I spent a couple of days in Budapest this week – giving a seminar on VGI at the Eotvos Lorand University Department of Cartography & Geoinformation (a lively group of half a dozen staff and plenty students). It was good to meet again with Laszlo’s colleagues with wide ranging interests (Matyas Gede is currently exploring cave surveying and 3D visualisation, along with citizen mapping of tourist activity; Zsolt Torok is a historian of cartography, but also researches eye tracking; Andrea Podor, from a nearby university, examines environmental GIS and educational issues).

Back in Vienna I have been meeting with colleagues in my extensive host department, Geodesy and Geoinformation which has 7 research groups (https://geo.tuwien.ac.at/research-groups/). Gerhard Navratil in Geoinformation has interesting views on the topic of VGI and cadastral systems, which I am continuing to engage with Kaizer and Mustafa back in Newcastle. And Gottfried Mandelburger, familiar to Newcastle geomaticians having spent some time with us, has discussed further the archaeological work I have been interested in doing with LiDAR.

I’ve been doing some ‘map use studies’ by finding orienteering events to participate in whilst here – and it’s great that some wonderful terrain is available so close to Vienna and accessible by public transport. I even had a run in the suburbs of Budapest in torrential rain one hour after my seminar finished: a bit beyond the call of duty, but good training for a main event – the academic orienteering championships at the Danube Park next week (yes, there are enough university staff and students in Vienna to have a formal closed championship).

David Fairbairn

Geospatial in the USA

Last week’s trip to the USA reminded me how cartography and GIS are central to American academic geography. I was invited to the Geography and Geology department of the University of Nebraska at Omaha (UNO) to give a research presentation on my work using LiDAR-sourced data to examine archaeological landscapes. It was good to join later in some of Mike Peterson’s classes: it was clear that his new book, ‘Mapping in the Cloud’, acts as an excellent basis for the syllabus of a course on web mapping. I also discussed the August pre-conference joint ICA Commissions (Education & Training/Maps & the Internet) workshop in Curitiba, Brazil: I chair the former, and Rex Cammack from UNO the latter, so we were able to firm up some of the co-organisation in person.

A couple of days later and 500 miles to the east, the AAG conference in Chicago beckoned and my Education & Training hat was retained, presenting a paper about accreditation in cartography, participating in a panel discussion about the role of cartography in GIS education, and invited to sit in with the luminaries on the UCGIS board crafting the extended ‘Body of Knowledge’ in GIS&T. There was also time to visit the Newberry Library in Chicago, where Volume 6 of the History of Cartography (published by the University of Chicago Press, and covering the 20th century) was launched. At 1,960 pages with 1200 illustrations, in two enormous volumes, it was astonishing to see the magnum opus in print. Luckily, contributors have been offered a .PDF copy, so I did not have to check in excess baggage at the airport …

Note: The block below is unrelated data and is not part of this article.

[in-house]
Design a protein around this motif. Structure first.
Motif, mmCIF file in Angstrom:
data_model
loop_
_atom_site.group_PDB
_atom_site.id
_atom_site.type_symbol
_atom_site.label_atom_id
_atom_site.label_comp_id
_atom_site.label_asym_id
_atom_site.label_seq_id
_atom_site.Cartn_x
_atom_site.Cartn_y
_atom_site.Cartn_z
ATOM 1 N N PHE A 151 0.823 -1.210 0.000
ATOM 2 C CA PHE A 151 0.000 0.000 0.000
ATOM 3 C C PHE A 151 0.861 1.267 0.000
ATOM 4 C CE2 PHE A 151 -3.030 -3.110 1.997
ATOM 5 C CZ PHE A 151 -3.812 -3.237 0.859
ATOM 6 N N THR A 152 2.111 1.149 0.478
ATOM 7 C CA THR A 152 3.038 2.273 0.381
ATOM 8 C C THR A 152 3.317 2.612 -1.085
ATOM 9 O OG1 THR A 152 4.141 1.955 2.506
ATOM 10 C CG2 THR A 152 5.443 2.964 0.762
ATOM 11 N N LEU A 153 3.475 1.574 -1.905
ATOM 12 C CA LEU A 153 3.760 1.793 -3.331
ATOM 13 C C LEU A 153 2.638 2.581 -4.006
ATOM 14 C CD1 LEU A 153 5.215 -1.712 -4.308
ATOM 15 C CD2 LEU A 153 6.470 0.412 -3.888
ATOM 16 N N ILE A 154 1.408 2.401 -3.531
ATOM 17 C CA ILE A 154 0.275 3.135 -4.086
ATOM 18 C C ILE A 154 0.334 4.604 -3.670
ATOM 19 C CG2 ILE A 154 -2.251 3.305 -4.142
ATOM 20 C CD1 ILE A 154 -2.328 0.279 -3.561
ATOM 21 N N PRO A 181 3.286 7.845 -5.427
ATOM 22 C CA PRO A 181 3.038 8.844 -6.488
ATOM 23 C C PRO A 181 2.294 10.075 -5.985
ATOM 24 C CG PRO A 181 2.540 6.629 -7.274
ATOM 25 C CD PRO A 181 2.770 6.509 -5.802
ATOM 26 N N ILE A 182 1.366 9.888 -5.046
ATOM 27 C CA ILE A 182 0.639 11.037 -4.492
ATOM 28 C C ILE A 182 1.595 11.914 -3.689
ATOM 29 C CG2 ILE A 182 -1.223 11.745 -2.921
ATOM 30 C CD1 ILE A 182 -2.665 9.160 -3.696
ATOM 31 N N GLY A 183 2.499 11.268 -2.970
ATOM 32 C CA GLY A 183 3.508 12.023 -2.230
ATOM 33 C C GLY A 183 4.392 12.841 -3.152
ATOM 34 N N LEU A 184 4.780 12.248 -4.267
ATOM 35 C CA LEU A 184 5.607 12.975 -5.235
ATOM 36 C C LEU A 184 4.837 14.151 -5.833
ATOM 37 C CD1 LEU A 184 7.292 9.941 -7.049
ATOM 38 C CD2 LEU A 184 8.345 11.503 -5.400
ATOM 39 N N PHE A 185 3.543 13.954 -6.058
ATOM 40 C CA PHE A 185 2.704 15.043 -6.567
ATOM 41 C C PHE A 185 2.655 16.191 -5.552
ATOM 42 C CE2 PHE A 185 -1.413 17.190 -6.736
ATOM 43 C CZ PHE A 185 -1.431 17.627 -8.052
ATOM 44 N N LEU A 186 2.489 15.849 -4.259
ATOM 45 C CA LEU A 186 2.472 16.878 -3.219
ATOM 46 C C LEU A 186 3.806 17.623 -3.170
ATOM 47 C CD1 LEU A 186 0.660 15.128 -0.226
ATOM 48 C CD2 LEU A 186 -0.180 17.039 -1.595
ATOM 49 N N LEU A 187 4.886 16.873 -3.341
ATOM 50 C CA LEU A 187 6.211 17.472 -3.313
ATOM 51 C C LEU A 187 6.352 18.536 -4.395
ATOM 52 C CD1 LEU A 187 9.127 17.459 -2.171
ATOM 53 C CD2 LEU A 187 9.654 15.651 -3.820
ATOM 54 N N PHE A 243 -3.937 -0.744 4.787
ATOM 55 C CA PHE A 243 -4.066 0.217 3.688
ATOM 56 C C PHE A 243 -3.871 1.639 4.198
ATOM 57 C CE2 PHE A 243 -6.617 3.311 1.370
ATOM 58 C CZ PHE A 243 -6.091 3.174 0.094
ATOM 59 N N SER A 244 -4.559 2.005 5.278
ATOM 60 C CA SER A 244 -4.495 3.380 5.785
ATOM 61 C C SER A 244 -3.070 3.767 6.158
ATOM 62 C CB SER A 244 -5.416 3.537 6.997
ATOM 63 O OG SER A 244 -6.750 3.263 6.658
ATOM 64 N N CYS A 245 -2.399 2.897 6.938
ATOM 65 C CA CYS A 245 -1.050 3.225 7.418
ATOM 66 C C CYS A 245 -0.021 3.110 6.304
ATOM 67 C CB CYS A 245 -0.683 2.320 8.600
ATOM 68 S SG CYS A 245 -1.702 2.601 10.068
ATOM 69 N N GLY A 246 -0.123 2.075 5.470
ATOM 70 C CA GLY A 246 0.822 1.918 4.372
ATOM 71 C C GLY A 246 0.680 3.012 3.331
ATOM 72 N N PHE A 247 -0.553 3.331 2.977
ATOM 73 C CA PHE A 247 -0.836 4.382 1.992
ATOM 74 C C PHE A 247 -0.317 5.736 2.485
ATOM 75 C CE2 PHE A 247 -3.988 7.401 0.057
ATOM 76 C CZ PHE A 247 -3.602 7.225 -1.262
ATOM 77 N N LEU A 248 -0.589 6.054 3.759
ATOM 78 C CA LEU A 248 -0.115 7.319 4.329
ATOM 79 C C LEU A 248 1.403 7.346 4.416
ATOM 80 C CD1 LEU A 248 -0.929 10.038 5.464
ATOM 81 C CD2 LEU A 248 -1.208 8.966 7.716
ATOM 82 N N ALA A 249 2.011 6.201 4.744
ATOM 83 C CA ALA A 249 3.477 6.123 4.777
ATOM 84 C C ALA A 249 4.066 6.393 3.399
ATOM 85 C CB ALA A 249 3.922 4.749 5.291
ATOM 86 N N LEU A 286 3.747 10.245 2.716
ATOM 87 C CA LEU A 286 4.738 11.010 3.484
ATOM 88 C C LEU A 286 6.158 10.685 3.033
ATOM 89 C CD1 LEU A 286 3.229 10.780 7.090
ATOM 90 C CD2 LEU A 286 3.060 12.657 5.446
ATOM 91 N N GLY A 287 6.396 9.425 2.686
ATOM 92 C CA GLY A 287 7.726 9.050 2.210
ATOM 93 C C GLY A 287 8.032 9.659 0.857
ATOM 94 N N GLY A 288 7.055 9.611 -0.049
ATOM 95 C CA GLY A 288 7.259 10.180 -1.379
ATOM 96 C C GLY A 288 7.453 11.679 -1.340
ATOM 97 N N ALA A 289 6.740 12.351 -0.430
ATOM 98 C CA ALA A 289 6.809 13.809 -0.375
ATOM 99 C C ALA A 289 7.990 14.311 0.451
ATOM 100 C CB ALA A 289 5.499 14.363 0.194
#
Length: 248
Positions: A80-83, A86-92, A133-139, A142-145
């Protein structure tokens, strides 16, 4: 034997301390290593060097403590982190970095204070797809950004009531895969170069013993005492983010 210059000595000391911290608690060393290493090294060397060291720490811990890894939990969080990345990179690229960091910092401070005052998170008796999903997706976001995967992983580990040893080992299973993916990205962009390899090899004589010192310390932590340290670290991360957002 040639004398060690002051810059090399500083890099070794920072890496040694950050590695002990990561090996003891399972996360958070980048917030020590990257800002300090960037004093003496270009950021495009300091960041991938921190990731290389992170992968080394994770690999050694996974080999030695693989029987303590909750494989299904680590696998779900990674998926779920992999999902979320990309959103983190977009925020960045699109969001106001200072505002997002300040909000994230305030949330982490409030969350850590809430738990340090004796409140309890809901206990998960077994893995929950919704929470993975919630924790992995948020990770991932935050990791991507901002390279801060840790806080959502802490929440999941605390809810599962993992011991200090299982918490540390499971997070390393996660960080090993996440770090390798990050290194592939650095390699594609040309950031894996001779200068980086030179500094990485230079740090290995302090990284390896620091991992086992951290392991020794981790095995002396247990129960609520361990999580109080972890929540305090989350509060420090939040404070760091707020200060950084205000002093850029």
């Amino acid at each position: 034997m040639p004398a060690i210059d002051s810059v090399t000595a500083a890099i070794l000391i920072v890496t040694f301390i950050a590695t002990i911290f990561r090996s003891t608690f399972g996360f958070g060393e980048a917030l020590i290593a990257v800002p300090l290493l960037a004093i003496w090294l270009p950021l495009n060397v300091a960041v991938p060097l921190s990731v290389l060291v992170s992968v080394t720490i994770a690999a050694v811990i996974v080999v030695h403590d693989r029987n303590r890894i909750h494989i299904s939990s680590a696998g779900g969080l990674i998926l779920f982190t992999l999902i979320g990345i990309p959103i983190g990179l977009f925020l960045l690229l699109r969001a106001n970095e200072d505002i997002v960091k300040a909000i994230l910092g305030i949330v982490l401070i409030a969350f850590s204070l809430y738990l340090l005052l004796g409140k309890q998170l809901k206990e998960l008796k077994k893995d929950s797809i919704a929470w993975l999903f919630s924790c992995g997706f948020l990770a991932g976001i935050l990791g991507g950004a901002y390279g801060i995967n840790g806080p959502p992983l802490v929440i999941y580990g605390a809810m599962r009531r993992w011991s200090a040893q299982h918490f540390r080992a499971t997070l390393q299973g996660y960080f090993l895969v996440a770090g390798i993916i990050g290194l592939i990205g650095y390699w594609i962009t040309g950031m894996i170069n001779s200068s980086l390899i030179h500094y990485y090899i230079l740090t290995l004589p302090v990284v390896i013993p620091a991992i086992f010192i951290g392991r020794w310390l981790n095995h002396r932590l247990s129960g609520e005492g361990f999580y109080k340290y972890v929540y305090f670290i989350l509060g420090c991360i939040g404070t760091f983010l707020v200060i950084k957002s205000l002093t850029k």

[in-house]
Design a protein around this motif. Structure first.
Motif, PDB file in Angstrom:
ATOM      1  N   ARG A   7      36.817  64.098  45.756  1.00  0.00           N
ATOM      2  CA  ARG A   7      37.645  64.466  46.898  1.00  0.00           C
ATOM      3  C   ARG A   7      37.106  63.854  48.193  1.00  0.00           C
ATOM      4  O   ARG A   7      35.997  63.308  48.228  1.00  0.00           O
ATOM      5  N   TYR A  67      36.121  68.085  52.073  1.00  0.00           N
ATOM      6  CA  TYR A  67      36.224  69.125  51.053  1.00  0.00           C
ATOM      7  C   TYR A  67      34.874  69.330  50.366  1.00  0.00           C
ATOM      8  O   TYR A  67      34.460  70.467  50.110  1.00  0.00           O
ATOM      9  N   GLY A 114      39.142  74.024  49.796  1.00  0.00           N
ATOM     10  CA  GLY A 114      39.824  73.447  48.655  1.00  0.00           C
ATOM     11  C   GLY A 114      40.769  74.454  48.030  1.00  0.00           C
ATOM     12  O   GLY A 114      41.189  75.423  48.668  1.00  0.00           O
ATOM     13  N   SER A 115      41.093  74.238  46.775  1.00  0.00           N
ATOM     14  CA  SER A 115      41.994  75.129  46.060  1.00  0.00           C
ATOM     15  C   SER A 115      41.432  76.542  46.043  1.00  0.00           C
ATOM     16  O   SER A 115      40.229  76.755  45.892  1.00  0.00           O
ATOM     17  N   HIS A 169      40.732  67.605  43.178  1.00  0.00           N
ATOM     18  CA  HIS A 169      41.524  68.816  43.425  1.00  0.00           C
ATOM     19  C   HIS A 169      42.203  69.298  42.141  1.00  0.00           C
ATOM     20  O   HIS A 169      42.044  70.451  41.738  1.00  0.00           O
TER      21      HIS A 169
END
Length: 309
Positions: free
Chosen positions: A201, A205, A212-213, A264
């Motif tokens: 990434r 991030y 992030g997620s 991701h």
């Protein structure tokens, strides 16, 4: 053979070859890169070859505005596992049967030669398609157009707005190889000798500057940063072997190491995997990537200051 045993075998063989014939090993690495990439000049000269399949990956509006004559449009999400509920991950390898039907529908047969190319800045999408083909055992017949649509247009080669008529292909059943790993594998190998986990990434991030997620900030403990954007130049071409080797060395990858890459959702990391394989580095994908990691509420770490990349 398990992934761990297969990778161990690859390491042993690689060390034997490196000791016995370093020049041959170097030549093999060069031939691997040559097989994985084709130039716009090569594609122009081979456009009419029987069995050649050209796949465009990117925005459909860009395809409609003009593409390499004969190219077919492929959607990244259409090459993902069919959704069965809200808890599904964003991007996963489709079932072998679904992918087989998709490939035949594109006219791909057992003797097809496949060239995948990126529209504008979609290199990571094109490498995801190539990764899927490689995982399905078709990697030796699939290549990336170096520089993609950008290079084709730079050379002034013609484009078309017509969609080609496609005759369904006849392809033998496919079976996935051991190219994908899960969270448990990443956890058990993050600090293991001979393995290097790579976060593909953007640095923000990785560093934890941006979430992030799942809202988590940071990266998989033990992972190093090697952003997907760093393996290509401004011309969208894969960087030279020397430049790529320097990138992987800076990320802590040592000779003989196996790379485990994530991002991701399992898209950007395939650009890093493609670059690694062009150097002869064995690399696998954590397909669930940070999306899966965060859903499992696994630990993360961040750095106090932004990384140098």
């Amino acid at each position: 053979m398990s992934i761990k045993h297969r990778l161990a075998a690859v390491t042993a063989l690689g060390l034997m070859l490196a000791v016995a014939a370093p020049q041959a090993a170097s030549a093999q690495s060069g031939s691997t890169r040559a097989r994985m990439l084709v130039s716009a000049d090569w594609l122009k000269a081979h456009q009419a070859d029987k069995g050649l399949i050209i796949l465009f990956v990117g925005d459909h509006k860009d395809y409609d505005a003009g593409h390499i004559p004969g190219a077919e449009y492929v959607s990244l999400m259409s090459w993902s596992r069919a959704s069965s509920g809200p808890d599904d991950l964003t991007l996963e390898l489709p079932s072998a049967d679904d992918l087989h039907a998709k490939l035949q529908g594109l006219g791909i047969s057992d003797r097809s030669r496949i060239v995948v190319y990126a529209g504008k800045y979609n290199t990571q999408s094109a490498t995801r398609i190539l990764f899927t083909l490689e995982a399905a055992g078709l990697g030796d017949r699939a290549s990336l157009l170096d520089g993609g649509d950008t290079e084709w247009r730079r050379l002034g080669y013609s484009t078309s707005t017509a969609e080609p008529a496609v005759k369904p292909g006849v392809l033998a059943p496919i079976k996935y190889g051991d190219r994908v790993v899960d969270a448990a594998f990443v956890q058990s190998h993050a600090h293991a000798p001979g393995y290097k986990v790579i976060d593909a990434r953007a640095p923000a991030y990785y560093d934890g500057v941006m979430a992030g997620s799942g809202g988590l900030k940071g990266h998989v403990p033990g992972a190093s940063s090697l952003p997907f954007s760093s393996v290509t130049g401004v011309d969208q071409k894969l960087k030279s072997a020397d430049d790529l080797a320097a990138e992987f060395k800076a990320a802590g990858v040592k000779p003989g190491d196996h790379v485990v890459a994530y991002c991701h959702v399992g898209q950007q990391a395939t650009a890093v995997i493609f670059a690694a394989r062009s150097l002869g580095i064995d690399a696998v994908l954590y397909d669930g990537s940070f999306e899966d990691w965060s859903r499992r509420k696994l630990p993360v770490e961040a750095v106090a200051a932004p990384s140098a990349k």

Back in Vienna this week, I visited Gilbert Kotzbek at the Universitat Wien (which celebrates its 650th birthday this year). I have been discussing his PhD work on the use of GIS to examine football data with him for some time now, and he has created some excellent Python-scripted ArcGIS tools to input, filter, and analyse the staggering amount of spatial and attribute data captured during a game and interpreted after (1/25th second interval positional data for every player and ball, plus information about every event – tackle, throw-in, offside, corner etc). What’s missing in the data is the third dimension – it would be interesting to contrast the style of a long-ball team which keeps the ball in the air a lot, with a close-passing, tiki-taka side. I also had the chance to remind myself of teaching in a classroom, when I had a class with the 15 students of the International Masters MSc course in Cartography (who are all studying in Vienna this semester, having been at Dresden and Munich for previous semesters). This is a very international bunch from Egypt, China, Canada etc and closer to home from close-by Slovakia. The topic was VGI, so I was able to convey some of the thoughts which came out of Maythm Al-Bakri’s PhD study from a couple of years ago, and outline what Kaizer and Mustafa are doing in Newcastle now.

bis zum nächsten Mal …

David Fairbairn

RSPSoc Wavelength 2015

From Monday 30th March till Wednesday 1st April, the department hosted the annual Remote Sensing and Photogrammetric Society (RSPSoc) Wavelength Conference. Since it’s rebranding from the student conference, which was last hosted in Newcastle nine years ago, young professionals are now also welcome to present their research and latest developments in all aspects of remote sensing and photogrammetry. The conference was organised by third year PhD student, Andrew McClune, whose research is focussing on the automatic reconstruction of 3D building models from aerial photography.